A fastener is a type of metal button which fits together to join clothes, for example a coat might have fasteners.
There are many kinds of birds coming to feed in my garden at the moment.
We often use sort, type and kind as vague expressions to suggest that we think something is like something else. We do this either because we are not sure, or because we do not want to be too specific and too direct:
[joking about a cheap perfume that someone got as a present]
And it was, it was really cheap, I mean, it was a sort of a rose perfume and I think the whole box only cost him one pound fifty, or something. You could probably run your car off it.
We sometimes use some before sort, type and kind as vague expressions:
Karen has made some sort of cake for the party.
There was some type of hole in the road and we didn’t see it.
There’s some kind of strange smell in here.
We often use and that kind of thing or and that sort of thing to refer to categories. We usually give an example or two from the category we are referring to first, e.g. apples and that kind of thing, bookshops and libraries and that sort of thing:
A: What are you doing tonight?
B: Well, first, I’ve got lots of marking and that sort of thing to do.
A: Are you taking anything to eat?
B: Just a few snacks – crisps and that kind of thing.
Thing and stuff
We use the general noun thing more commonly in speaking than in writing.
It is most commonly used to refer to physical objects, but we also use thing to refer to ideas, actions and events:
What’s that thing over there in the car park?
She always says that she hasn’t a thing to wear.
Can you put your things in the upstairs room? (things here = personal belongings)
Anger is a very dangerous thing in a young man.
So don’t rush him. These things take time and we certainly don’t want to upset him.
A holiday? That’s just the thing for you.
A: Hi Geoff. How’s things? (How’s things is a common informal greeting.)
B: Fine, thanks. How are you?
We often use thing in a similar way to wh-cleft constructions (What we need to do is …). It is also often used with to and with that-clauses (underlined):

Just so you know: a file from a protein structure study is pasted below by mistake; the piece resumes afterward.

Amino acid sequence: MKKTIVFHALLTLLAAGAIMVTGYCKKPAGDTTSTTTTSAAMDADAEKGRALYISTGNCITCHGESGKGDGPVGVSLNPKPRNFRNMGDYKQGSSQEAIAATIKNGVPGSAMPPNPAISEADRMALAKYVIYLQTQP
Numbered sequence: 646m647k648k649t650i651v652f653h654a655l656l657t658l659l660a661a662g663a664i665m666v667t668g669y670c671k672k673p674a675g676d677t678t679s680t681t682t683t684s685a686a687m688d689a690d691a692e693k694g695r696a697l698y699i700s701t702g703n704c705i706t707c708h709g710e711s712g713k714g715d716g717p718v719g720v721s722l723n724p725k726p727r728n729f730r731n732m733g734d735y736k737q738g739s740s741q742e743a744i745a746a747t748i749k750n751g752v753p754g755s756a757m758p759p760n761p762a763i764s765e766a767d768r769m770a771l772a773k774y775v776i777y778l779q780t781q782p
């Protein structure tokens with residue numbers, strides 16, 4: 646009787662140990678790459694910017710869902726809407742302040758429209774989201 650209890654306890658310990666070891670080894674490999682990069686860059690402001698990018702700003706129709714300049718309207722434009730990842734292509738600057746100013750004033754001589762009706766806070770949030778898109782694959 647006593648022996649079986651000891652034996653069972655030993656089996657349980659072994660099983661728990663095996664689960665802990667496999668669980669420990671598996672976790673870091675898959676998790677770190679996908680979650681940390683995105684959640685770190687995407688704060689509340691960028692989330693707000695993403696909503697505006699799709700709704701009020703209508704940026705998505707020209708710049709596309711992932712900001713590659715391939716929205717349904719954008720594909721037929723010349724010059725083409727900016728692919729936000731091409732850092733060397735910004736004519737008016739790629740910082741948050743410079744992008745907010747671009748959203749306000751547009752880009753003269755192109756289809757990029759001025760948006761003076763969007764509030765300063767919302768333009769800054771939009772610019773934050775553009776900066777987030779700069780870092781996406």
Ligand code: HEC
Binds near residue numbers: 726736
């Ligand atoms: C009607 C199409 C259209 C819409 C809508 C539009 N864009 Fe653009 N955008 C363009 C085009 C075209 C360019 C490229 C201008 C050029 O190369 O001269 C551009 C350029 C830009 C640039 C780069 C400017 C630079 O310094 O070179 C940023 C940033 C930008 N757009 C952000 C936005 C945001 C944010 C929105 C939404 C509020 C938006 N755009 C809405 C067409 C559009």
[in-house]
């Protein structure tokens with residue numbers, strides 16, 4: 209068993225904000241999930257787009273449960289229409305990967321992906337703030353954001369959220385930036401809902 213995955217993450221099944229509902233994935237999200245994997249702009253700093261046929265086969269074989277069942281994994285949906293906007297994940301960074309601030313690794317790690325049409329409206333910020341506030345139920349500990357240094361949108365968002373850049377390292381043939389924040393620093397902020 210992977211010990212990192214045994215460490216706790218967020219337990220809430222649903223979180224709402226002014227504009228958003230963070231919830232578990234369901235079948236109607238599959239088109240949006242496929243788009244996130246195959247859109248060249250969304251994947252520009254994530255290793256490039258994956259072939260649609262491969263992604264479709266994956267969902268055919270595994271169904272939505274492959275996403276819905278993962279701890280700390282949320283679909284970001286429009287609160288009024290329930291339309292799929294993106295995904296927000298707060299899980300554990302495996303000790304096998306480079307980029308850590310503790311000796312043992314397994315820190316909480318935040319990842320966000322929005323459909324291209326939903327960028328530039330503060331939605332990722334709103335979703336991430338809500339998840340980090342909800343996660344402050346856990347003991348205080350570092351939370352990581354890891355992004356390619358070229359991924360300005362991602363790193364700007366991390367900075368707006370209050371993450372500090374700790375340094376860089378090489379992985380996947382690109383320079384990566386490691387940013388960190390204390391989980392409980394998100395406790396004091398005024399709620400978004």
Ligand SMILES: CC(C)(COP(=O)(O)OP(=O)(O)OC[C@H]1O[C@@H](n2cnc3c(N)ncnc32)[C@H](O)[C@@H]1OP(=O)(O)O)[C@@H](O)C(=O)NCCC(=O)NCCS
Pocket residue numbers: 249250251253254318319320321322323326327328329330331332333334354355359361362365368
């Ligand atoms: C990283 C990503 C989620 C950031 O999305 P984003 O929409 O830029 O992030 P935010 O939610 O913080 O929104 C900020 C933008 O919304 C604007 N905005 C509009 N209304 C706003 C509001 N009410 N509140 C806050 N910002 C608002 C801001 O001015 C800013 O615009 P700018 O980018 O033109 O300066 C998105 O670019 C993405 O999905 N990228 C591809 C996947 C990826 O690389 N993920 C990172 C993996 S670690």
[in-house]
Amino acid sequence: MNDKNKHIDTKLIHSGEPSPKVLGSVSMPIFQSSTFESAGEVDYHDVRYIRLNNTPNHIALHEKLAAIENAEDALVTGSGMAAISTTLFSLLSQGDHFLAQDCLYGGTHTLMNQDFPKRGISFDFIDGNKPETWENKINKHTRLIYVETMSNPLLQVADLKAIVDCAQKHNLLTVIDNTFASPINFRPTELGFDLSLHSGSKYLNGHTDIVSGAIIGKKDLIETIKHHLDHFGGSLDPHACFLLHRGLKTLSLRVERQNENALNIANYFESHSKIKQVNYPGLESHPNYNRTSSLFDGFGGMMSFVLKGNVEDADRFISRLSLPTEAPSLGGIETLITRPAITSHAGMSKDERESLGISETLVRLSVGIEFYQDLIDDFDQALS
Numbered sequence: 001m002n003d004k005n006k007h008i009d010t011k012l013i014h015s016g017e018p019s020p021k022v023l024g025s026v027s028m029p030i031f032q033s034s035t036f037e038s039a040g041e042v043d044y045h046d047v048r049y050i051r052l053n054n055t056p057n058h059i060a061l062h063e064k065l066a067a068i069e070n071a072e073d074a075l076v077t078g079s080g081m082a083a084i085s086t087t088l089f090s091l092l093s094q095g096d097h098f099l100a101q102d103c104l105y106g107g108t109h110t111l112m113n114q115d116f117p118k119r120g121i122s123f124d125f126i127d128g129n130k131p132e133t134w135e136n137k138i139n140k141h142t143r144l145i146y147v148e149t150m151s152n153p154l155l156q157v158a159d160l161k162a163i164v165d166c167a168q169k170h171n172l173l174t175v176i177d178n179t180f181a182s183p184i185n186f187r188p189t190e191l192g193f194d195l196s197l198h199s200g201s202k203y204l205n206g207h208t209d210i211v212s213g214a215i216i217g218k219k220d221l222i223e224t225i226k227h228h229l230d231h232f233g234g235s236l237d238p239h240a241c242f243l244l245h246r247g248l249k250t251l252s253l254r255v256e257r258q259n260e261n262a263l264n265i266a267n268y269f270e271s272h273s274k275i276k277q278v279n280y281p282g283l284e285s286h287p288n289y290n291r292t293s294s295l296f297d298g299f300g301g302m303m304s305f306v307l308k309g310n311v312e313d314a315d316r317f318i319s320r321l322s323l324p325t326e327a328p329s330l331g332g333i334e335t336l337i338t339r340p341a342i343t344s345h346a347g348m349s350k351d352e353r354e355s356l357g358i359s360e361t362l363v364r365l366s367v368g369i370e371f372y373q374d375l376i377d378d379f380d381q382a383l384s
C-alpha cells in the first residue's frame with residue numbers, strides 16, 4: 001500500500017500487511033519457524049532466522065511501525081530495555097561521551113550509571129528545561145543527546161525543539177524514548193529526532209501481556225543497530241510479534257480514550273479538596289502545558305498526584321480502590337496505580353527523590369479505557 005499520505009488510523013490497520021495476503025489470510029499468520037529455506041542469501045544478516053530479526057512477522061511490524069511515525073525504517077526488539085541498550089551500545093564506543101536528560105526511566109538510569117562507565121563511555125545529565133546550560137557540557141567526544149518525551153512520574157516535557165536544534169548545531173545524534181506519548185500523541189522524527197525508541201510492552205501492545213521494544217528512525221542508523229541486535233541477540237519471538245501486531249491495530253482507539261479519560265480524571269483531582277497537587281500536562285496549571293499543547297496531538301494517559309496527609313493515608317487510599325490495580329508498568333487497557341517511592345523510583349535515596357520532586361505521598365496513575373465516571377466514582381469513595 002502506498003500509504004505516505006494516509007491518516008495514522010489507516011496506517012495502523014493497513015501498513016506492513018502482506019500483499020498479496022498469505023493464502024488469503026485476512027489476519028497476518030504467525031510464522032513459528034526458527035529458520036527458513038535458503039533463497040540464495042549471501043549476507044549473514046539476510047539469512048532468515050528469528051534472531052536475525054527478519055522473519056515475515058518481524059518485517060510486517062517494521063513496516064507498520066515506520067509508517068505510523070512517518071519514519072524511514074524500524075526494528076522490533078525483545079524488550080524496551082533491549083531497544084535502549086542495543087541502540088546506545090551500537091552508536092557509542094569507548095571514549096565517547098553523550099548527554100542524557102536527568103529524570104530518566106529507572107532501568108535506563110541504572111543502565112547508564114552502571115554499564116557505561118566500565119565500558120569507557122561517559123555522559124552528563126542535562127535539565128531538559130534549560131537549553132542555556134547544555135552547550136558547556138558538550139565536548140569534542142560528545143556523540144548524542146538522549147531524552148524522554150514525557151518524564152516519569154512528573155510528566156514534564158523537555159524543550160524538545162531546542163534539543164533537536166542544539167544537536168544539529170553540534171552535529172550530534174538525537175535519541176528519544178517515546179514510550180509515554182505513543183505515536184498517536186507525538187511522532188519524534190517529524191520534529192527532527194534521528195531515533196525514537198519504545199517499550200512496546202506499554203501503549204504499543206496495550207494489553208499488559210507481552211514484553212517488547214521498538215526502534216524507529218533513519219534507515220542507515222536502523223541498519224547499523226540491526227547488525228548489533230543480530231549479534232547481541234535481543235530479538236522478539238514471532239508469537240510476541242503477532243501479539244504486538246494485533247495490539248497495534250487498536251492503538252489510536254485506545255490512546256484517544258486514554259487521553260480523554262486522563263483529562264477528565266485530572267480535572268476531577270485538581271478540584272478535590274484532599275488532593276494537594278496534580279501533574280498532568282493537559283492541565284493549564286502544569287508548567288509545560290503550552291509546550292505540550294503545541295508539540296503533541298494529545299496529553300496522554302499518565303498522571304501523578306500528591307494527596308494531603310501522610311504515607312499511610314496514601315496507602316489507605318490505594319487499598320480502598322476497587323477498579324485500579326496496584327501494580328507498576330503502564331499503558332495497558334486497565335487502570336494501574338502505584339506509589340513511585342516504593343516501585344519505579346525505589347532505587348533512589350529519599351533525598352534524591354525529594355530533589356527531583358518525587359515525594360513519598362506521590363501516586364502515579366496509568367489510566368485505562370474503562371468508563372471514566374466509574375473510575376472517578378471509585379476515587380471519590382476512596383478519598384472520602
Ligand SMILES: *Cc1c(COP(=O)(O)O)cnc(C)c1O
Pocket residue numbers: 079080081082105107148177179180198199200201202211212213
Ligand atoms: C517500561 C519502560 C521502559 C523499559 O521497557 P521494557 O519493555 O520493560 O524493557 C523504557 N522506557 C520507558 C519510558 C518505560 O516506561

The thing we need to know is why they missed the train.
The thing they said that we shouldn’t forget was to take a boat trip on the lake.
The best thing to do is to phone the doctor at once.
The thing that worries me most is the cost of the holiday.
In speaking, we commonly use the phrase the thing is. We use it when we want to focus on something, or to indicate that there is a problem:
The thing is … erm … we don’t have time to visit New York as well as Washington.
Yeah, that’s OK, but the thing is, he still hasn’t apologised for being late.
Thing is an example of vague language. It allows speakers not to sound too direct. We often use thing in phrases such as things like that, that kind of thing:
They’re cooking lots of different Italian and Spanish dishes and things like that.
When I worked in a newspaper office, there wasn’t time for eating lunch or that kind of thing, you know.
We also use thing to show both positive (usually affectionate) and negative attitudes, mainly when accompanied by appropriate adjectives:
Our cat is too old now to leave the house, poor thing.
You lucky thing! I wish I had the chance to visit New Zealand.
A: You’re going to get paint on that dress. Why don’t you get changed?
B: It doesn’t matter. It’s just an old thing.
Stuff is one of the most common nouns in speaking. It is more informal than thing. It is not at all common in writing.
Stuff is an uncountable noun. We use stuff in similar ways to thing, especially in vague language phrases such as stuff like that:
Where can we put our stuff? (our belongings) (very similar to, but more informal than, Where can we put our things?)
She didn’t have much advice to offer. She just told us to learn lots of new English vocabulary and stuff like that.
(Vague expressions English Grammar Today © Cambridge University Press.)